Location: Grand Rapids, Michigan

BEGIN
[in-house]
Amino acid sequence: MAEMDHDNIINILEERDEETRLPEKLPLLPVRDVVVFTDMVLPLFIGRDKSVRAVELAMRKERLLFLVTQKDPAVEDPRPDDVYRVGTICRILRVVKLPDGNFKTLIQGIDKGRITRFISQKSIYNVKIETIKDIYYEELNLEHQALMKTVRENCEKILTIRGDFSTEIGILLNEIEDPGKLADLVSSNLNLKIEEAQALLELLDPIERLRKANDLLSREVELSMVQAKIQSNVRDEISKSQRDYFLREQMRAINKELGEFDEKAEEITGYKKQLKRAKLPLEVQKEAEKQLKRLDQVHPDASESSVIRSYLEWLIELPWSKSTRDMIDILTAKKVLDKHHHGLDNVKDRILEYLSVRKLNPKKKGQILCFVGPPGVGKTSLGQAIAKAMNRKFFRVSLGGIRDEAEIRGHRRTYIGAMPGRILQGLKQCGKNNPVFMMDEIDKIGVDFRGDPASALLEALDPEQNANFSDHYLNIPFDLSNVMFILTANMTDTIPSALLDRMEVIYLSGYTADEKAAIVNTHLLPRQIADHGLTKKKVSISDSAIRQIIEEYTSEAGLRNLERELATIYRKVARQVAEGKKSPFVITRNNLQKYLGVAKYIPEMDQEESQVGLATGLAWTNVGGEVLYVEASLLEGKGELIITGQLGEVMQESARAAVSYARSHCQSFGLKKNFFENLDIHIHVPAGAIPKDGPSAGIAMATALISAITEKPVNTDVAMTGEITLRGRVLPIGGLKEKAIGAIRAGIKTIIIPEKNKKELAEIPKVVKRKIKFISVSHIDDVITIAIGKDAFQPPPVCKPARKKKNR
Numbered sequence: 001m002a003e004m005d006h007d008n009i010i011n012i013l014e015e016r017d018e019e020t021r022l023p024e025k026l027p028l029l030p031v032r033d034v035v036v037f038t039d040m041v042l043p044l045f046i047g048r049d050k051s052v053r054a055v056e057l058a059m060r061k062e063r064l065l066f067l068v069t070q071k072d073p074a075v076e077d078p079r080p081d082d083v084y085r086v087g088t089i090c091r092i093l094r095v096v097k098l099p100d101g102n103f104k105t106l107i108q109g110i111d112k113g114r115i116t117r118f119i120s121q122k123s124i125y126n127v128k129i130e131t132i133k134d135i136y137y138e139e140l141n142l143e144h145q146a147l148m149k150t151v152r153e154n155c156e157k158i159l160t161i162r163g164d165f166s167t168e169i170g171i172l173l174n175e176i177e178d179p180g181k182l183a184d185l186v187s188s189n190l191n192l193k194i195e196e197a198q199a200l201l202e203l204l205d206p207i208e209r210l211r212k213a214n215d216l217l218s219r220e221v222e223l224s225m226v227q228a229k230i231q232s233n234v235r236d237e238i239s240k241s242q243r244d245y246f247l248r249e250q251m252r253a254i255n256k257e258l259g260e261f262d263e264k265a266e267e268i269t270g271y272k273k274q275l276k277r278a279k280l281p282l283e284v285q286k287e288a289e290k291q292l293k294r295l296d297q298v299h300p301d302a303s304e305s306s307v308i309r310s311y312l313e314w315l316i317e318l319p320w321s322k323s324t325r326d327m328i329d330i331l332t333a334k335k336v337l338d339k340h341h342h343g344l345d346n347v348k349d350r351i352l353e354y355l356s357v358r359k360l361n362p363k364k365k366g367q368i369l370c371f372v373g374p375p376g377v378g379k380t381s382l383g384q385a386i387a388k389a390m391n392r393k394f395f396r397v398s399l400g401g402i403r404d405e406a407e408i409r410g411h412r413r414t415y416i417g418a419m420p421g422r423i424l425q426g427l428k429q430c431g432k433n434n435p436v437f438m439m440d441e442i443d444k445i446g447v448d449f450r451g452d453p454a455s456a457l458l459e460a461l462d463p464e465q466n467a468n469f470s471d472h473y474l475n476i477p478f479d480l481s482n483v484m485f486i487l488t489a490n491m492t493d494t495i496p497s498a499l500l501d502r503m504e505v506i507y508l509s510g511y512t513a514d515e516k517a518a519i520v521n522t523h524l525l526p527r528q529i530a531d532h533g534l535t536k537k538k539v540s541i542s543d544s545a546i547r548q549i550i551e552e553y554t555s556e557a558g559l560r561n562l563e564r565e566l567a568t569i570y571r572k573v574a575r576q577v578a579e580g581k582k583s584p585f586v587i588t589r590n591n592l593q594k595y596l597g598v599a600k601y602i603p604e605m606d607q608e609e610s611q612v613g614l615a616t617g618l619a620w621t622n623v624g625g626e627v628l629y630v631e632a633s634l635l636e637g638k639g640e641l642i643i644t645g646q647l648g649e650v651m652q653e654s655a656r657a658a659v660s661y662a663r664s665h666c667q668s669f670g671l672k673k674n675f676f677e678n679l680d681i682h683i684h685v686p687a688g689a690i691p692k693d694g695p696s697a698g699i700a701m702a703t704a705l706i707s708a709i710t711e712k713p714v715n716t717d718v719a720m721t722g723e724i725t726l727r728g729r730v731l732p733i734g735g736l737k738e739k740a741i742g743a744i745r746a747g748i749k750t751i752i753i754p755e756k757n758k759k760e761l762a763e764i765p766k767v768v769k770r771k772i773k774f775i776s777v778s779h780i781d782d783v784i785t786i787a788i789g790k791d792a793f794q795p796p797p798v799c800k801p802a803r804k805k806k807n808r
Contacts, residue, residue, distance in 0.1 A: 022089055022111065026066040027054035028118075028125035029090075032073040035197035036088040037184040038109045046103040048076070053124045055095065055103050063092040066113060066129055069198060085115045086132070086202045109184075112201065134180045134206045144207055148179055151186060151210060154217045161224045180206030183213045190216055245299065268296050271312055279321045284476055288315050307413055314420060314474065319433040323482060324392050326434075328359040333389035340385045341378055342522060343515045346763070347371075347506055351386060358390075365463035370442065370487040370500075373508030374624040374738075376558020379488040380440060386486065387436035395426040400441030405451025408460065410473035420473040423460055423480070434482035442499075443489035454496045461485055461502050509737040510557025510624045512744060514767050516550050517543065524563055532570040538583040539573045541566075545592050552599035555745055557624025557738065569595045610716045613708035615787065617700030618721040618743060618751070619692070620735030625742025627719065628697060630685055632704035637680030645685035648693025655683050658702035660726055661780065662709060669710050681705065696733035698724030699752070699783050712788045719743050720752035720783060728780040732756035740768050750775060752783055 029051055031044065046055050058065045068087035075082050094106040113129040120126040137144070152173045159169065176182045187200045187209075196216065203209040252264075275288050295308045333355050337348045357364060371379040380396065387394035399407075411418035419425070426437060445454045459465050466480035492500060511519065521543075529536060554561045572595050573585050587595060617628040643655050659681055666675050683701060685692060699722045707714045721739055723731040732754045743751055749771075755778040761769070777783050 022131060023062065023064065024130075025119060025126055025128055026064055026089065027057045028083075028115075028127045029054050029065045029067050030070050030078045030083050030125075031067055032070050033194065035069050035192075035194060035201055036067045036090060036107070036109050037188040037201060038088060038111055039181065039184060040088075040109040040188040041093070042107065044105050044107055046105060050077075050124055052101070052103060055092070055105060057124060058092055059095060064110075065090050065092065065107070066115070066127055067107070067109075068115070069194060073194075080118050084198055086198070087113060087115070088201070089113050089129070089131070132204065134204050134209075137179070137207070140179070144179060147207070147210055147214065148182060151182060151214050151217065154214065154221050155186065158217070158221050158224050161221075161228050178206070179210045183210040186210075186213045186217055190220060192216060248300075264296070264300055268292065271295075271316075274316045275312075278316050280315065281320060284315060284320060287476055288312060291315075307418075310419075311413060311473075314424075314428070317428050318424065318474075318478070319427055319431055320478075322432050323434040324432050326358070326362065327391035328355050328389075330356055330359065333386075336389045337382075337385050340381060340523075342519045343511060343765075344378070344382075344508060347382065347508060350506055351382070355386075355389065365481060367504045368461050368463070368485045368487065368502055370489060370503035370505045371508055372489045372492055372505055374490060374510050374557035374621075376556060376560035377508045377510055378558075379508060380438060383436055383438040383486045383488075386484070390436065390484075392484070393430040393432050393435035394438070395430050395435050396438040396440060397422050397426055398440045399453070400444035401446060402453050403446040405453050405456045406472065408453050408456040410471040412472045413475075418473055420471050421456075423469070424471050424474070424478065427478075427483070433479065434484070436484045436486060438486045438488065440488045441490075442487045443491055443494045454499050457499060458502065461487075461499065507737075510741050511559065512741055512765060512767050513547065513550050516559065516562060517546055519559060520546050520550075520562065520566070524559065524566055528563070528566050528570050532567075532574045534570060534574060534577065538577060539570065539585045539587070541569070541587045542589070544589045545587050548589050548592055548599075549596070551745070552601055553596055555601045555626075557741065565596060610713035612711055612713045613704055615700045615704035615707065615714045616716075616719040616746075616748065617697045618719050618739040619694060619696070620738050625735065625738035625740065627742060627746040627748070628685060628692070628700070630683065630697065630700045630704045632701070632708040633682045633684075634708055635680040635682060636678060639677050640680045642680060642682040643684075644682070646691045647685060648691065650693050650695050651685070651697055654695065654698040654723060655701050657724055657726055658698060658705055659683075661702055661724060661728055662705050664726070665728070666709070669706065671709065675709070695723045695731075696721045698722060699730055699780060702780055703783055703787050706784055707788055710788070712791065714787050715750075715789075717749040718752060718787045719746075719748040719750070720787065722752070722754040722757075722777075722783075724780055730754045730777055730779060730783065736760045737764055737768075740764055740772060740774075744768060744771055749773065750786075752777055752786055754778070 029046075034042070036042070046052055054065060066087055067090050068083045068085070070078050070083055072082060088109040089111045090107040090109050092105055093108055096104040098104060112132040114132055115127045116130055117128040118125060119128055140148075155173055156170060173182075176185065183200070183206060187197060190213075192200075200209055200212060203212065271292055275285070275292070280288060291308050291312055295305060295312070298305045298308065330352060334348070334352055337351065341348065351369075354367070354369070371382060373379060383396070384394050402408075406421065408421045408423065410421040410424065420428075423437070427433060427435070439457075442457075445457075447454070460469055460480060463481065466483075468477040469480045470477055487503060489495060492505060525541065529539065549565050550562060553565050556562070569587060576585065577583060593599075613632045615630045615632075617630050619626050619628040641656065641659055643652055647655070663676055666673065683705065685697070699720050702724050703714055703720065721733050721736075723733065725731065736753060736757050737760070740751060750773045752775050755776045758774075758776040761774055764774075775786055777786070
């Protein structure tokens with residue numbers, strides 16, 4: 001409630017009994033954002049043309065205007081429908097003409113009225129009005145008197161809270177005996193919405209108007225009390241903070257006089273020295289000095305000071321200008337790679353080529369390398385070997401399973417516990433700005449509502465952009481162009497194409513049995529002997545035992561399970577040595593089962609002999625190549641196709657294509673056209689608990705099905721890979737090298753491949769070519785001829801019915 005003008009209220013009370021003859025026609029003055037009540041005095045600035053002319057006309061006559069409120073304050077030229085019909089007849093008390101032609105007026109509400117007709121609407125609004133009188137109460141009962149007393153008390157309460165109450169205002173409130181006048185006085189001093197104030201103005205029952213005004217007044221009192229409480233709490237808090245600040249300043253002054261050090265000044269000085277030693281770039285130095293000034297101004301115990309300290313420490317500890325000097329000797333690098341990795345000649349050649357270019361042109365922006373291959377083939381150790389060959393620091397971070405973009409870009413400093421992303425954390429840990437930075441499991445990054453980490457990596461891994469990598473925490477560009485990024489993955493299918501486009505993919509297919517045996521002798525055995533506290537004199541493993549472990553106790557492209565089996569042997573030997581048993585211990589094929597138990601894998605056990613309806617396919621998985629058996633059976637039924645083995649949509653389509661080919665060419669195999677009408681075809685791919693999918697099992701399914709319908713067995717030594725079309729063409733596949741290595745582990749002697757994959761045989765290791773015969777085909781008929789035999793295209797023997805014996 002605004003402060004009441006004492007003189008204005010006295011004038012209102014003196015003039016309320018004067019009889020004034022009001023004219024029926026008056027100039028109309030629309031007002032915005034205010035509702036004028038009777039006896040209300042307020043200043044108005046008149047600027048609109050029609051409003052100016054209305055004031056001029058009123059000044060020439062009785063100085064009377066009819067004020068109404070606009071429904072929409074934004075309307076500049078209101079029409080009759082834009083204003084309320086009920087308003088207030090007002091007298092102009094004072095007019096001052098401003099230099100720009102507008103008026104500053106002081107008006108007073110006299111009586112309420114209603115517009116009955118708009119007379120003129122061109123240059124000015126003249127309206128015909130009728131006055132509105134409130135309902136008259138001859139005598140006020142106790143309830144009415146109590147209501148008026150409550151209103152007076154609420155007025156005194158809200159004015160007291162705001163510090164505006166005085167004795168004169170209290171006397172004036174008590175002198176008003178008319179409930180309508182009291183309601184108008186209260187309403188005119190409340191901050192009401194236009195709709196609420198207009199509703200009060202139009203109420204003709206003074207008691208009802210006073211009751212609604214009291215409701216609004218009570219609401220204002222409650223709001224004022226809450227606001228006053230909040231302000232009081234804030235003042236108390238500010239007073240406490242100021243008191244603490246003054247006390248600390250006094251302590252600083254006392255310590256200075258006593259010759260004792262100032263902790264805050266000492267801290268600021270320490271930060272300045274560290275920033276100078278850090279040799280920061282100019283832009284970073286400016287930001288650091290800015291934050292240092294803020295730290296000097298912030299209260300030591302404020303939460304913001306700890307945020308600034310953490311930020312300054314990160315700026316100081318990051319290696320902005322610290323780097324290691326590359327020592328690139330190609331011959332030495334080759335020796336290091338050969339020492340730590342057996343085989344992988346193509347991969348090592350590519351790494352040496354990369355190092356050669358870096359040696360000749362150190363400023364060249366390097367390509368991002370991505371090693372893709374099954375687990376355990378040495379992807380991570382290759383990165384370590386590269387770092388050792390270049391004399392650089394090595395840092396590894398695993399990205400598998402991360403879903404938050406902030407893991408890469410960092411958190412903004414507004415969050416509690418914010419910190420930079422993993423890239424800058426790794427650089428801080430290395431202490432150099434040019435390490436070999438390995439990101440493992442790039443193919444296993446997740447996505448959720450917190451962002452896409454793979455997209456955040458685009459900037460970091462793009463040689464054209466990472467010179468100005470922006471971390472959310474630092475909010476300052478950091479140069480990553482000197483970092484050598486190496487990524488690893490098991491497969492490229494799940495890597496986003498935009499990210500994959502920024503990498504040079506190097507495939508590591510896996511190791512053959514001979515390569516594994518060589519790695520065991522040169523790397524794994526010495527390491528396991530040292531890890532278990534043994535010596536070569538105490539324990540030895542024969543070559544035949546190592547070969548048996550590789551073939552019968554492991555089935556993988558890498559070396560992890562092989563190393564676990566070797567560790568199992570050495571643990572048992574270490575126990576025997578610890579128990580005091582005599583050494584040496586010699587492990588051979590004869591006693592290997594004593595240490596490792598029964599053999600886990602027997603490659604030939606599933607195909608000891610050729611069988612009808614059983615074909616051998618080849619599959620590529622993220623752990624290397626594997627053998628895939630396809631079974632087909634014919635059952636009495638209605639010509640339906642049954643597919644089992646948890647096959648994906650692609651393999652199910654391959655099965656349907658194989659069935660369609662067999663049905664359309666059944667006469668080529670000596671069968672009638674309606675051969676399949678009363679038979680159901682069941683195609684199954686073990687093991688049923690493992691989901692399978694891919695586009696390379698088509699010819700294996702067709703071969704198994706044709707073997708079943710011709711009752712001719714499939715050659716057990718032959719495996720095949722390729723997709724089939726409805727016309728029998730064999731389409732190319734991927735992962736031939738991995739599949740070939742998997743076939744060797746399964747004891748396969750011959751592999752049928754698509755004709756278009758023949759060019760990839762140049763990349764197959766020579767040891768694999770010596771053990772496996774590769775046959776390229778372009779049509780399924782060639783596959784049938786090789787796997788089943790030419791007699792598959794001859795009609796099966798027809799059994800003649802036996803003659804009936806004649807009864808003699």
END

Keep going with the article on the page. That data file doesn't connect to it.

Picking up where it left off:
This home challenged a new generation of craftsmen to reproduce a Tudor’s complex details with all-brick English revival elements and state-of-the-art building practices. Capturing time-honored details was critical and this showcases successfully resolved, but daunting accomplishments.The build site was near water level in marsh-like clay presenting a significant engineering challenge so helical piers were driven 60 feet deep to transfer the structural load to stable material below.Complex brickwork is uncommon in the area. The art of masonry was revived with distinctive herringbone and basketweave brick inlay crafted with full bed brick framed by cedar batten strips and decorative corbels. Trim detail is surrounded by steep gables and distinctive curved shingles. High, off-set fireplace chimneys with limestone shoulders are capped with traditional clay flue pots, and the peak of the steep 16/12 pitch roof achieved the look of slate with three-layer shingles. Custom-made limestone door headers and window surrounds frame beveled windows with the authentic appearance of leaded glass with old-style diamond pattern inserts.A barrel vault foyer ceiling echoes the radius of the front window, paneled walls, and a sweeping curved stairway mark the formal Tudor influence of the home and its stunning first impression. The main floor is 3,200 square feet and after the auspicious entrance, becomes areas carved out for comfortable family entertaining, daily living, and private living spaces. Beamed coffered ceilings and masonry wood-burning fireplaces add traditional details to these more informal spaces, including a large eat- in kitchen area. The master suite and bath face the lake but a strategically placed screened porch affords privacy while enjoying the lake breezes.The remaining 1,800 square feet of the upstairs was built for visiting family. A raised game room nestled between the chimneys offers the best lake view in the house from two Juliet balconies.